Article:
There are many studies on the COVID-19 outbreak. Lan et. al reported a positive test on discharged patients. The author is reporting data on discharged patients who tested positive for the disease in Guangzhou City, China.
The data is from the "Guangzhou Center for Disease Control and Prevention". The data included when the patient had symptoms, diagnosis date, discharge date, date when they tested positive. Discharged patients had the following criteria: a) normal temperature after 3 days, b) no symptoms, c) better results on CT scans, d) 2 negative "nucleic acid tests" taken 1 day apart.
161 discharged patients were re-tested. 22 patients were positive for the disease. The time between discharge and positive re-test shows that doctors discharged them too soon. The current 14-day observation needs to be extended.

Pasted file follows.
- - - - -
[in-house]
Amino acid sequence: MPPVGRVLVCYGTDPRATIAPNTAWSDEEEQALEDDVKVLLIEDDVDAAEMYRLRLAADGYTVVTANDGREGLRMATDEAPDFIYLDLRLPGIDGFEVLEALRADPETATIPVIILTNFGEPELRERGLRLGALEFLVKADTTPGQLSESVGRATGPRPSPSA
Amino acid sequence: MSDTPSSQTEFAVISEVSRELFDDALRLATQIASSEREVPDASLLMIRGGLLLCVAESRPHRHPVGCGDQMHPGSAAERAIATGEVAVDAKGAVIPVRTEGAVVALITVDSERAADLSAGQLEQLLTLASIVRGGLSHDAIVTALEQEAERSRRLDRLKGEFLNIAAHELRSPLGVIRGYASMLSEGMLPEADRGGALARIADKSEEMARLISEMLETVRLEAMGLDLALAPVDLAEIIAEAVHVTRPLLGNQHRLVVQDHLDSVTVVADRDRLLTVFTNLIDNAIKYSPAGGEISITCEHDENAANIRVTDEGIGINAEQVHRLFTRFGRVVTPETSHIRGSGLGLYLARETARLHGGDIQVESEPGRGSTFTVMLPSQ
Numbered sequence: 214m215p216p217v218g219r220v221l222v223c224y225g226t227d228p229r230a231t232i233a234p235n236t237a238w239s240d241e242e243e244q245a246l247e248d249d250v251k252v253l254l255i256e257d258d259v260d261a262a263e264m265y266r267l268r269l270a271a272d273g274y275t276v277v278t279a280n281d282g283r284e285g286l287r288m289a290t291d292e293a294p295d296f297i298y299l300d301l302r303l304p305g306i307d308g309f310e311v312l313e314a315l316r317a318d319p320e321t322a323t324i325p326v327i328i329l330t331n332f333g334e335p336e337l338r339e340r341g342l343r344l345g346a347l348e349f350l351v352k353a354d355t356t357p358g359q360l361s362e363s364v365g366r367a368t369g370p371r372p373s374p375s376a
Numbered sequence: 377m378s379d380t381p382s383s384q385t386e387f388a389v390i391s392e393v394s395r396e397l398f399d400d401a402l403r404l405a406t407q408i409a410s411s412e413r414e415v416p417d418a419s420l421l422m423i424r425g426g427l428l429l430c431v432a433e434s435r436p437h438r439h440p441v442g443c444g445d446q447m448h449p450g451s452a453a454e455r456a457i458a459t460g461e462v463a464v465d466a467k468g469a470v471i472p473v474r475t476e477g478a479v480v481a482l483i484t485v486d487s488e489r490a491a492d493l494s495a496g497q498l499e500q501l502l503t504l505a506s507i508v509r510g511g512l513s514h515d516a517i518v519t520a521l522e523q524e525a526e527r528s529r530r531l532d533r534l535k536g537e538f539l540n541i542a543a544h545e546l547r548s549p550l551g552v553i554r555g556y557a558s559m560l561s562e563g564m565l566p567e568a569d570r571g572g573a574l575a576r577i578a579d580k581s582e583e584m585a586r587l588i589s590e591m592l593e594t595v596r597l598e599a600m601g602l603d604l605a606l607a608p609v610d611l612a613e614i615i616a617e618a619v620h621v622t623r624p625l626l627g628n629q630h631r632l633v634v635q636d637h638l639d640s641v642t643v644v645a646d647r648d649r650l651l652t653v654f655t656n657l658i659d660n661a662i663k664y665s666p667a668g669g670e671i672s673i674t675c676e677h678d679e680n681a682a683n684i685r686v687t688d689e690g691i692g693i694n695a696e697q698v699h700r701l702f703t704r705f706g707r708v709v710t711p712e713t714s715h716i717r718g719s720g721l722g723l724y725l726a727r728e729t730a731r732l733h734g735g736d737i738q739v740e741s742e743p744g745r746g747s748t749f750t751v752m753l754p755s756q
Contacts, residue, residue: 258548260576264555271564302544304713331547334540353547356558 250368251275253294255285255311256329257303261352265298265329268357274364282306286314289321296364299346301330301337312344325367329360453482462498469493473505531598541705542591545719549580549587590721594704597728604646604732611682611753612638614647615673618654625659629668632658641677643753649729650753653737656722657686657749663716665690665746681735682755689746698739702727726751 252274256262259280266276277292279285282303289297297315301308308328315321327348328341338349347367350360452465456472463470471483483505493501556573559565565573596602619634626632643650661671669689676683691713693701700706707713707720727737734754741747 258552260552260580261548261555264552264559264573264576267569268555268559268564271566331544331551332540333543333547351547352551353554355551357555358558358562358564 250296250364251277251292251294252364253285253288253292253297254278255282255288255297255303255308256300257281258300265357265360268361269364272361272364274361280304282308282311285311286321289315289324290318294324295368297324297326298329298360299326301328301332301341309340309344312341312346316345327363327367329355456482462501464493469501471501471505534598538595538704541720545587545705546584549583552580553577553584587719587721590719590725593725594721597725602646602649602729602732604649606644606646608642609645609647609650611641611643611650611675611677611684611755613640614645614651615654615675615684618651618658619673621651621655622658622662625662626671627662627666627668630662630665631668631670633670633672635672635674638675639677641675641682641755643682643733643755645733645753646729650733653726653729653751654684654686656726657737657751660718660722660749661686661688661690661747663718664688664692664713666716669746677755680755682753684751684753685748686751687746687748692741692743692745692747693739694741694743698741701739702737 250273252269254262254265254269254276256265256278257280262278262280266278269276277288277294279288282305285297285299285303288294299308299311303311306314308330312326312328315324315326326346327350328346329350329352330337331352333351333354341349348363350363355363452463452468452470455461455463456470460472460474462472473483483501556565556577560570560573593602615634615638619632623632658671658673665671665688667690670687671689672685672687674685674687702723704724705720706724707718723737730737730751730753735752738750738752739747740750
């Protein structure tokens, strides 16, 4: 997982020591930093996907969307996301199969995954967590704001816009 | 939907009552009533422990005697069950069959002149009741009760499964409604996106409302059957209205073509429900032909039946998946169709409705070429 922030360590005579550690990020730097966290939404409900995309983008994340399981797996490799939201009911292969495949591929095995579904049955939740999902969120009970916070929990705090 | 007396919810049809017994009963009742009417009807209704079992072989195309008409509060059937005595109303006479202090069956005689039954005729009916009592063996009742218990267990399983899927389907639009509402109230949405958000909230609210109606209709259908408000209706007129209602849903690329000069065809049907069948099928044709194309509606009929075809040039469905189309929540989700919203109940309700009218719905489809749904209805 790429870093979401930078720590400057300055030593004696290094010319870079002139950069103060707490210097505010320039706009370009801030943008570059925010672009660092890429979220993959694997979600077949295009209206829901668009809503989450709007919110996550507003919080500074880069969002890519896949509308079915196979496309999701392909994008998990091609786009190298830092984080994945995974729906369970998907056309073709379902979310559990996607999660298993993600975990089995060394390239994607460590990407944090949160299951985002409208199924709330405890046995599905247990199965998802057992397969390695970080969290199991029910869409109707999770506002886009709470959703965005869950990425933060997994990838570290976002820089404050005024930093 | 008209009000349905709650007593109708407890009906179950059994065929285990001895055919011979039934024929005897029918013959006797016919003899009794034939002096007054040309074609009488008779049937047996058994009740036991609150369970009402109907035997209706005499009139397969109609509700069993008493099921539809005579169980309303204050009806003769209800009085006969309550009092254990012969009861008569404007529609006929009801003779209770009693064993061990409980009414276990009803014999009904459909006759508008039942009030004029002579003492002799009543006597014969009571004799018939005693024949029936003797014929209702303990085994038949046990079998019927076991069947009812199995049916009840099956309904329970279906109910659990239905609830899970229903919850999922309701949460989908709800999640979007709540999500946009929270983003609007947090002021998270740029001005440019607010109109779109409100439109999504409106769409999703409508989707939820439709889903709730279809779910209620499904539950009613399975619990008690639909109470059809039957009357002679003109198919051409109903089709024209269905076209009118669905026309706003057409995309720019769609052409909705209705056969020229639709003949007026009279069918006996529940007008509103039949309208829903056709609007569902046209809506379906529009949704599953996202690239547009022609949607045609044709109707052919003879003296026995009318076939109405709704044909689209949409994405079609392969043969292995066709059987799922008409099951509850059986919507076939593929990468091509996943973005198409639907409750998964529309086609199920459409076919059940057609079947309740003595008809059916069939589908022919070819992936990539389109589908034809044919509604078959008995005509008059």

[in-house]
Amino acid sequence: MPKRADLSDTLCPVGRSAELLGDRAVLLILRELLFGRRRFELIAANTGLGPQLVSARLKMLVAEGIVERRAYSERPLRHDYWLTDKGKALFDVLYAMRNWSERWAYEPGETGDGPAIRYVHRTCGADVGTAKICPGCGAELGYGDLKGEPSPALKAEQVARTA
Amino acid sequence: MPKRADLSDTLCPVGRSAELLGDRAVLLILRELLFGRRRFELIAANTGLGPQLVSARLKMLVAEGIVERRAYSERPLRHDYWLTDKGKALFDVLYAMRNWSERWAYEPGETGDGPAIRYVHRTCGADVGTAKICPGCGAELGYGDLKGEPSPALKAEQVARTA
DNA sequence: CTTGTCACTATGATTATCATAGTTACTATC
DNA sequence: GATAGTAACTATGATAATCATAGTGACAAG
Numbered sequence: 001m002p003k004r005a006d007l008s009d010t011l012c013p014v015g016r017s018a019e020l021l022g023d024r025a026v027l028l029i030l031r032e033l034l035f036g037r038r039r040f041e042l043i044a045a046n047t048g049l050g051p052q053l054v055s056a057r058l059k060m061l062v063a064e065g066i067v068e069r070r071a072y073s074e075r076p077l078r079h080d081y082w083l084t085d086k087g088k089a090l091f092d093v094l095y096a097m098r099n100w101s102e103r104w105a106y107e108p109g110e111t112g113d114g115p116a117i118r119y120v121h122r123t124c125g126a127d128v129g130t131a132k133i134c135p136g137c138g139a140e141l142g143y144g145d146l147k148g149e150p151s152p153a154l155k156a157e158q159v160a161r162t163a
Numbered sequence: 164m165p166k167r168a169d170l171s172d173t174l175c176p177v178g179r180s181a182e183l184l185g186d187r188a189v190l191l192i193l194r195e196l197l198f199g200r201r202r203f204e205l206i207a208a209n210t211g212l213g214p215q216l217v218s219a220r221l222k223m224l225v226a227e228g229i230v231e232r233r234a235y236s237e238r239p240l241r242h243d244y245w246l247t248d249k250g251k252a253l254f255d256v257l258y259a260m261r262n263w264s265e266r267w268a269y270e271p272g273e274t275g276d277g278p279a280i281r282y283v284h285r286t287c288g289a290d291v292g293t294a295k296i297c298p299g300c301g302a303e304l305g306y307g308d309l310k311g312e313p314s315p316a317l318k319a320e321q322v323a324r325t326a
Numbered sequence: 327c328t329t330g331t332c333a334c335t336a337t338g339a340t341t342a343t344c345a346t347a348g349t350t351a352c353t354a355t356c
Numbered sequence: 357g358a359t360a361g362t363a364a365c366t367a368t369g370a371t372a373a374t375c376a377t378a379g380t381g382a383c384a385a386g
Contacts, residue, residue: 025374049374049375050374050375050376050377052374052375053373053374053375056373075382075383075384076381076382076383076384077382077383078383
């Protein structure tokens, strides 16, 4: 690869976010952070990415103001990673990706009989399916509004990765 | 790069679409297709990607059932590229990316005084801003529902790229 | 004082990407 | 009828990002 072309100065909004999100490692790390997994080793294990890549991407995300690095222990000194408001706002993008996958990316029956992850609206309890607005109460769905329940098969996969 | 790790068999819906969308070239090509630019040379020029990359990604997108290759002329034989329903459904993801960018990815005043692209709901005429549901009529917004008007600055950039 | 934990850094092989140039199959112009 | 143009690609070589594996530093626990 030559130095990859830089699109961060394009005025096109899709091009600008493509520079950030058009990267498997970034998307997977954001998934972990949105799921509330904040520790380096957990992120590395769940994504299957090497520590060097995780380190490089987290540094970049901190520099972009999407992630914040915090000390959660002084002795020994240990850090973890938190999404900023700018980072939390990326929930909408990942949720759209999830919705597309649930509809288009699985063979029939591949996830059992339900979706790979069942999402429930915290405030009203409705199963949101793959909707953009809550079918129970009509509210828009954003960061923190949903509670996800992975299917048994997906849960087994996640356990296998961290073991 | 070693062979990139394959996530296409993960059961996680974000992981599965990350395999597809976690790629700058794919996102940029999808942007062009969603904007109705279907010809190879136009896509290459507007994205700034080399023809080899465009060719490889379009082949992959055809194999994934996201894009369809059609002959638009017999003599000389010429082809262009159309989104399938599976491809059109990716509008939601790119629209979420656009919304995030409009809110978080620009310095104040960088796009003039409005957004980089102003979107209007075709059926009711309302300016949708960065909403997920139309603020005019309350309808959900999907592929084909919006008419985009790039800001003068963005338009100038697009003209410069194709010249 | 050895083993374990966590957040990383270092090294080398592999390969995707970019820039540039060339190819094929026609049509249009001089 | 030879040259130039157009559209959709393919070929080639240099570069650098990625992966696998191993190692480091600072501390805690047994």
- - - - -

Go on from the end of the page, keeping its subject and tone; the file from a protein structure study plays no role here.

Before discharge, hospitals tested patients by throat and anal swabs. After discharge, doctors used nasal swabs which led to more positive cases. The 22 positive retests means that institutions should increase discharge standards. The authors tested 3 discharged patients with nasal swabs. All 3 patients retested positive.
The authors note that there were two family clusters retested.
Zou LR et al. noticed there were more viral loads in the nose than the throat. We should use nasal swabs to reduced false-negatives. One patient gave multiple types of samples but only 1 tested positive. The authors suggest testing different parts of the body for COVID-19.
There were 8 patients testing positive only on the fourth test. This means there is a high rate of false-negatives. We do not know the duration of the disease. Our current knowledge on its characteristics are insufficient. We need to collect more information.